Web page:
Sentiment on the mid cap area of the market remains positive despite the upcoming rebalance which is...
Sentiment on the mid cap area of the market remains positive despite the upcoming rebalance which is likely to see a number of technology firms drop back into the smaller companies index.
John Hatherly, head of global analysis at M&G, says negative investor sentiment towards technology is likely to be reflected in the FTSE 250 rebalance in December, with a high proportion of those expected to leave the index to be technology-oriented companies.
He says: "The FTSE 250 currently has an 8% weighting in technology, which will be diluted into the small cap index. This will only affect tracker funds."
David Harbage, fund manager at Barclays Stockbrokers, says investors have become disenchanted with technology stocks. He adds if this continues, the weights of technology stocks in the FTSE 250 index will diminish.
Within the mid 250, Harbage favours house building companies, which he says have performed well over the past three to six months. He cites Barratts, which is a big liquid company and has a market capitalisation of £700m. He says: "It has increased its earnings per share by 20%."
Andy Brough, fund manager of the Schroders UK Mid 250 fund, says when the FTSE 250 was rebalanced in June 2000 and September 2000, 44 changes were implemented to the index. When it is next rebalanced on 6 December 2000, Brough anticipates the changes will be less dramatic in number. However, he still believes there will be a considerable amount of stocks moving.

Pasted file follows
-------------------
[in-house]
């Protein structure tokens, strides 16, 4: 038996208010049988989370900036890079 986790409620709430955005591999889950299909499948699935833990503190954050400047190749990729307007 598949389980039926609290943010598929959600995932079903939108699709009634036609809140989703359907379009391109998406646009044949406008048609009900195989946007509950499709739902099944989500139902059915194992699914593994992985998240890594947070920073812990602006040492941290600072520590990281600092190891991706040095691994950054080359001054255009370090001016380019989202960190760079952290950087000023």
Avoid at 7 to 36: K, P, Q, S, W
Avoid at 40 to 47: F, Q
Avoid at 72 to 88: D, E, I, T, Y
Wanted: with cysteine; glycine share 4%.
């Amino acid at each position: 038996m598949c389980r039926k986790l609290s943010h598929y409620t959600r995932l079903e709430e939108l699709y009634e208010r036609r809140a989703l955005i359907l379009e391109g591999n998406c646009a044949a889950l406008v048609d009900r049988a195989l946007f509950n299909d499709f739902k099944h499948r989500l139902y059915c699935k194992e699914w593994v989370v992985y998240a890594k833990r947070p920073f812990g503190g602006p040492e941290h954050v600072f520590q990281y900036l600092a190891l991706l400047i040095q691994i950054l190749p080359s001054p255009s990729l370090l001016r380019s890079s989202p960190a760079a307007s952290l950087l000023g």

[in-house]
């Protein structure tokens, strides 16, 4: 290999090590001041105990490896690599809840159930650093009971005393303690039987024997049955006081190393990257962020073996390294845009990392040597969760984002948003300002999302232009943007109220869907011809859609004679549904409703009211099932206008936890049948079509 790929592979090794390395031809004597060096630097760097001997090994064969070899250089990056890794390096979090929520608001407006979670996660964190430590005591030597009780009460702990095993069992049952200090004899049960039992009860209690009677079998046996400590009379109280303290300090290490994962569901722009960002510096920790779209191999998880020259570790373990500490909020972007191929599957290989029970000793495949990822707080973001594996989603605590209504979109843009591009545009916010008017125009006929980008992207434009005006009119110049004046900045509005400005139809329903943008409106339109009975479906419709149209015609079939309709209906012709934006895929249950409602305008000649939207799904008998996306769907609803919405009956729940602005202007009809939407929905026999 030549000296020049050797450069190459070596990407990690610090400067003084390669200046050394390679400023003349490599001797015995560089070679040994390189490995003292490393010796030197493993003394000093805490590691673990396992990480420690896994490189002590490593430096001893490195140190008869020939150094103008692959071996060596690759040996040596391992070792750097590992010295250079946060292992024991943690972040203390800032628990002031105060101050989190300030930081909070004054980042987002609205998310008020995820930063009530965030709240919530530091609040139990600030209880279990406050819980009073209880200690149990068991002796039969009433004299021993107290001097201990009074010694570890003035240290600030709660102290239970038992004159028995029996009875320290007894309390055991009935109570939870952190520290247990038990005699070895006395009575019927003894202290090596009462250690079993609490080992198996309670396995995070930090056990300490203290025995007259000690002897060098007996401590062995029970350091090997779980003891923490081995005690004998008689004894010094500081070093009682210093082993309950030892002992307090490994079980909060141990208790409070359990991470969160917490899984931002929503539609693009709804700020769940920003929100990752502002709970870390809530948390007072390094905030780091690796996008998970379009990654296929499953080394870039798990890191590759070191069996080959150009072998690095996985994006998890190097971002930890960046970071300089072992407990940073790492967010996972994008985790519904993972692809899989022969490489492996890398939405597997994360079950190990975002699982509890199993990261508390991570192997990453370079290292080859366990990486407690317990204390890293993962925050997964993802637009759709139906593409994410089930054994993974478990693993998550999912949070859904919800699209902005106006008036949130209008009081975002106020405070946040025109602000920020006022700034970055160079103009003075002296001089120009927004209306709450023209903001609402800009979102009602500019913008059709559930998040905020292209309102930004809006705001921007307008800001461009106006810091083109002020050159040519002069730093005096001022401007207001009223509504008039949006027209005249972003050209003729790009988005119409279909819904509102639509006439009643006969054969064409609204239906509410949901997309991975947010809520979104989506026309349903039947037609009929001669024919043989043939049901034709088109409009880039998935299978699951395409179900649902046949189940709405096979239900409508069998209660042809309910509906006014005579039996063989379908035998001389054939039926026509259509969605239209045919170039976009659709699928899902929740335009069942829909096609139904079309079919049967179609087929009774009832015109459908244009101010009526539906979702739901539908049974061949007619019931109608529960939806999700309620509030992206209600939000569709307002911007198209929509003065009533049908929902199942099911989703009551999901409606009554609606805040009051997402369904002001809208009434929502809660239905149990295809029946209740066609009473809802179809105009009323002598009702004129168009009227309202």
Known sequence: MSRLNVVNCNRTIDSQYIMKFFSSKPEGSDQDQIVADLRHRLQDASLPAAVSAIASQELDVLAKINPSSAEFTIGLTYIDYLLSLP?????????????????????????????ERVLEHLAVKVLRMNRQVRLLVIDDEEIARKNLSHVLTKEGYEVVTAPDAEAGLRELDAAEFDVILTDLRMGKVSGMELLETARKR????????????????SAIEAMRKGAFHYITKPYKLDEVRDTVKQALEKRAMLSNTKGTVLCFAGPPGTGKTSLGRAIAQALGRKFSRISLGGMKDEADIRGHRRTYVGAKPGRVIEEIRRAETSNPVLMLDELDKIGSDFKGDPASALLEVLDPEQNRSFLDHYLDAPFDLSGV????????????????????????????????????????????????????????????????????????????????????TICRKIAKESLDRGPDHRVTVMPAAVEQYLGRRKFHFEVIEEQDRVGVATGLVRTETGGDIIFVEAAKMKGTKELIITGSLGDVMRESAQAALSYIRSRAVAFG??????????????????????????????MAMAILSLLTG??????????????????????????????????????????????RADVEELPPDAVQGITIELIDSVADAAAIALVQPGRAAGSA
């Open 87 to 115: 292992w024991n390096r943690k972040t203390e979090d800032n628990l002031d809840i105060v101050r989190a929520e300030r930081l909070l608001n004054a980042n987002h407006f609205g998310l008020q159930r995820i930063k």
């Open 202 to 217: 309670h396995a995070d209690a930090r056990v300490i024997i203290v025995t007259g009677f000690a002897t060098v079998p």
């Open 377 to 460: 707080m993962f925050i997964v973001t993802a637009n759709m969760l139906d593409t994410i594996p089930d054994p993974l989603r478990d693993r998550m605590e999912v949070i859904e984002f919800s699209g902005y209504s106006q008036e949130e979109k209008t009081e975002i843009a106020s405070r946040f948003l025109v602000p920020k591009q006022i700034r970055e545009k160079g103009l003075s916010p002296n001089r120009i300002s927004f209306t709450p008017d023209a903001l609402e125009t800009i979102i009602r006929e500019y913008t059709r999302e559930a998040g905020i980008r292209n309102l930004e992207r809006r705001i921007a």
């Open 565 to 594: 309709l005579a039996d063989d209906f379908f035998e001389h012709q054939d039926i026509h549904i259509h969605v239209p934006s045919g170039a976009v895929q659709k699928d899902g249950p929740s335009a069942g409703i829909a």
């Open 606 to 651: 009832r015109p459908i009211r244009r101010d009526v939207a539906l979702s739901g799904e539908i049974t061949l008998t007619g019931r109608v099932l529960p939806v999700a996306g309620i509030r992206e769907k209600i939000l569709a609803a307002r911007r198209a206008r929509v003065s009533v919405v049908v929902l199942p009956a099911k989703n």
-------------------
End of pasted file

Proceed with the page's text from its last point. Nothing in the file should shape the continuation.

According to Brough, this large movement is down to the volatility of the UK stock market. He says AB Foods and Scottish & Newcastle both fell out of the index in September, and will probably move back in December.
He says this movement of stocks keeps the FTSE 250 index refreshed on a regular basis.
Brough says: "The mid cap sector offers exposure to all sorts of stocks. In the mid cap market, it is possible to invest in both growth stocks and companies that are at a transitional stage. In addition there are a lot of takeover stories in the mid cap range, increasing its attractiveness as a sector."
Brough says there are no blue sky opportunities at the moment. He is keen on support services and targets stocks which have visibility of earnings. Brough says he finds the FTSE 250 is a lot more appealing than the large cap index due to its low exposure to telecom companies.
Tim Gregory, head of UK equities at Gartmore, is optimistic about the market in general. He says Gartmore does not have any particular favourite size bias, being more interested in sectoral biases.
He says: "Within all areas of the market, large, medium or small we see some attractive ideas. However, within the mid cap market specifically there are some very exciting companies that have migrated from small cap. They have developed what we think is a sustainable business model but have gone through that phase of being somewhat smaller and we would think that they might be ready to make the next leap to being FTSE 100 companies. That is the critical stage."
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£80bn funds under calculation